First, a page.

RENTON, Wash. – It was the kind of statement that in seasons past might have sounded like an unintentional joke.
To a man, after Sunday’s surprisingly suspenseful 21-20 win over the Cincinnati Bengals, the members of the Seattle Seahawks’ offensive line said that the game did not meet their standards.
In the last few years of the Tom Cable era, most Seahawks fans and NFL observers’ response to such a claim might have been that it’s really not that hard to reach the bottom.
But after the offensive line’s revival of 2018 – when the Seahawks led the NFL in rushing yards per game, scored the second-most points in franchise history and averaged 30 points a game over the second half of the season – such a statement takes on new meaning.
Offensive linemen such as Duane Brown spent the offseason saying they felt Seattle could have the best offensive line in the NFL with four of five starters back from a year ago and the only newcomer being veteran four-time Pro Bowler Mike Iupati (University of Idaho), signed as a free agent to replace the departed J.R. Sweezy at left guard.
Which is why Sunday was such slap to the face as Seattle gave up four sacks and nine quarterback hits on 24 pass attempts and rushed for just 72 yards on 25 carries – less than half the 160-yard average of a season ago.
Cincinnati has a good defensive line, no doubt. But it also was called “maddeningly inconsistent” by Sports Illustrated. And if you’re going to be the best offensive line in the NFL, then you should have success against just about any foe, regardless.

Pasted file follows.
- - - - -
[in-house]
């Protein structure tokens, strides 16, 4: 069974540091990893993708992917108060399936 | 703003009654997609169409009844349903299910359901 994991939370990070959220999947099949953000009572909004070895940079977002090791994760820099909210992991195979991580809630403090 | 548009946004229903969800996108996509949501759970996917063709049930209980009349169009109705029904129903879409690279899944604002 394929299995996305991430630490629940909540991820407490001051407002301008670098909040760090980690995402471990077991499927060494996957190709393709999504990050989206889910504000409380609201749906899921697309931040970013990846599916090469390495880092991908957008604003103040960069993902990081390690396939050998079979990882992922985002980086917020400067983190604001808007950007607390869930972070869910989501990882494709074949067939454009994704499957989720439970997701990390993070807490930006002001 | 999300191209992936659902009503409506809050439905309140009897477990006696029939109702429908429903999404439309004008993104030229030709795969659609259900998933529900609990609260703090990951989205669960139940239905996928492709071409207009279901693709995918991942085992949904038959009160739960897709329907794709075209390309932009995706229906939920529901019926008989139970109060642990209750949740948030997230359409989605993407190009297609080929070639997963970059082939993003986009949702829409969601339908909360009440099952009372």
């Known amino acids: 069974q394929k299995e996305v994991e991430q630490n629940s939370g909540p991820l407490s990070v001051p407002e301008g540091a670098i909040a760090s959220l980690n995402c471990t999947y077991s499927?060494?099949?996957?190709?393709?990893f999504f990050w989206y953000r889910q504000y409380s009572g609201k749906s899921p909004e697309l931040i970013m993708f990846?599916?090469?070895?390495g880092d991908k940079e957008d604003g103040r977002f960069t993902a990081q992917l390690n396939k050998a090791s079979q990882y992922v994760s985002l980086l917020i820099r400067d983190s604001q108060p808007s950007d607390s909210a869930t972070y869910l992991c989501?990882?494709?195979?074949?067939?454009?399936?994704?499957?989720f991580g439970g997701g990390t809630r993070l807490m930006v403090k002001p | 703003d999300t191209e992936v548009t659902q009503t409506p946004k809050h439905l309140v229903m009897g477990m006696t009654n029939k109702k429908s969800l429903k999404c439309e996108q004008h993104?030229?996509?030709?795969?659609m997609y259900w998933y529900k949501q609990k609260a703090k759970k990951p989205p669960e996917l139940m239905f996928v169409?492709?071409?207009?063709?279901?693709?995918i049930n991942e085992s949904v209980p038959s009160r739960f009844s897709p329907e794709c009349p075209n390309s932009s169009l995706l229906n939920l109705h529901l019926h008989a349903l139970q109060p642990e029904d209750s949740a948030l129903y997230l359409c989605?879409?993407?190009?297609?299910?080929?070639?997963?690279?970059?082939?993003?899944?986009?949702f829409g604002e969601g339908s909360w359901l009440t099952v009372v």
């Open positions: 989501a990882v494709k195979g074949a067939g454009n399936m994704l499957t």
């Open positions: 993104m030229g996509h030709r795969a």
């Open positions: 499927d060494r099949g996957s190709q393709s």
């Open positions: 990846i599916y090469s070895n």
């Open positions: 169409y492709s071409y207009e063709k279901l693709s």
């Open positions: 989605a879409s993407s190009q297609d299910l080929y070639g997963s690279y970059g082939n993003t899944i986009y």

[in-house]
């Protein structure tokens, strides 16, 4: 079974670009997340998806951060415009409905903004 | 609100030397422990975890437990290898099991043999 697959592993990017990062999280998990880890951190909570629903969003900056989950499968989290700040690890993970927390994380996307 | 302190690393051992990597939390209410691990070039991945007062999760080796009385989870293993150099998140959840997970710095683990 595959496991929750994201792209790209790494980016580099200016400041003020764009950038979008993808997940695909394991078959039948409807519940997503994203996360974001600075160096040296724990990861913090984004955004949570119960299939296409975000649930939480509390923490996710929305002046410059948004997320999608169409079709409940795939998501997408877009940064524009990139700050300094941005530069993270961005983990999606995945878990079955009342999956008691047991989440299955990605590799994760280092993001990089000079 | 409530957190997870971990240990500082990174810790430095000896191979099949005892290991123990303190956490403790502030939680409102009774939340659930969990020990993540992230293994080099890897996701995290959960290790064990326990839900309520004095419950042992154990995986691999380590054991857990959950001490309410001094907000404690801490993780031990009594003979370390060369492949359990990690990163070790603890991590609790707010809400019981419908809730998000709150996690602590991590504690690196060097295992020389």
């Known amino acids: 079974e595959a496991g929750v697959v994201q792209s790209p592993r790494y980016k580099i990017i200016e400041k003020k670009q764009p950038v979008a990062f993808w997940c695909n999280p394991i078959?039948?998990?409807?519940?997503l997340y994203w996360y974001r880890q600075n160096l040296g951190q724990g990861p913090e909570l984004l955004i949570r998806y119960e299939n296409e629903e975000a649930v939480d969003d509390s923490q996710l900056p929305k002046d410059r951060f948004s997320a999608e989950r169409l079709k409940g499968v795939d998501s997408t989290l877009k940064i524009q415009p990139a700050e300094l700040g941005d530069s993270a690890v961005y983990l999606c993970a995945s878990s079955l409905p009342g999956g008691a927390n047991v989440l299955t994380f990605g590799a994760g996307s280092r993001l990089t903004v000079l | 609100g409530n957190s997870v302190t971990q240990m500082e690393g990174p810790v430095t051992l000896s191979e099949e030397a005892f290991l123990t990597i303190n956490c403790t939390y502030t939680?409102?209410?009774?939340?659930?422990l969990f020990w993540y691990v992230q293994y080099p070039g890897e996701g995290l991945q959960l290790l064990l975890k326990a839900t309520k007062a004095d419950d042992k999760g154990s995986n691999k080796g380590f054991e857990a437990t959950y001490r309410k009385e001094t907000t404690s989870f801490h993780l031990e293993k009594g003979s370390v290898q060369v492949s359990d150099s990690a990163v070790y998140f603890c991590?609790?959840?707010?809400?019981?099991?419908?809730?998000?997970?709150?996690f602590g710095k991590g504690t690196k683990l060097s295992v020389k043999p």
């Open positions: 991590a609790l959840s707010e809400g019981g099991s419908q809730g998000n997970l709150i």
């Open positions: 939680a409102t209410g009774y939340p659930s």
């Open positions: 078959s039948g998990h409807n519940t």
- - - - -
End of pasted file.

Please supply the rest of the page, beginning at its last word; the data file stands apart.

Hence, the somewhat surprised looks among the linemen in the locker room afterward.
No one, of course, is going to panic over one game.
The offensive line gave up 12 sacks in the first two games of last season and struggled to run the ball before finding itself in Week 3 (which was also when D.J. Fluker entered the lineup).
The hope, though, was that with a veteran line and in the second year under offensive line coach Cable’s replacement, Mike Solari, this group would hit the ground, both running and passing with ease.
So what happened?
Solari said a breakdown in fundamentals was the main issue.
“We’ve just got to be able to get our pads down and do what we do,” Solari said Wednesday.
It didn’t help that center Justin Britt banged his knee on the second play of the game and had to leave for a snap. He returned to play the rest of the game. But he sat out practice Wednesday, and the injury contributed to his struggles on the field, maybe more than was realized at the time – he had by far the worst grade of Seattle’s five linemen from the football analytic site Pro Football Focus.
Also an issue, some of the linemen said, was communication.
“I think our communication could be better,” right tackle Germain Ifedi said. “Starting with me.”
It’s tempting to place blame on the starting offense playing just five series in the preseason. But most teams also sat most of their starters in preseason, and many had big offensive performances Sunday.
“Preseason isn’t an excuse,” Brown said.
Still, something was amiss, with the line at times seeming not to know whom to block Sunday. Pro Football Focus said Ifedi gave up one sack, tight end Nick Vannett another and simply credited unblocked defensive linemen for the other two sacks.
The running game struggles, though, were a little harder to figure.
The Bengals went with largely a 5-2 front designed to stop Seattle’s run and mostly succeeded until Chris Carson’s late 21-yard run to pick up a critical third-and-1.
Carroll said later the Seahawks got too stubborn with their play-calling, expecting they would eventually wear down the Bengals and blow them off the ball.
Per Pro Football Focus, of Seattle’s 25 running plays, 14 were zone reads, which gained 48 yards. Expect Seattle to add a little more variety to the running game this week.
Solari, though, said the answer is simple: “We’ve got to play better, just no doubt about it.”
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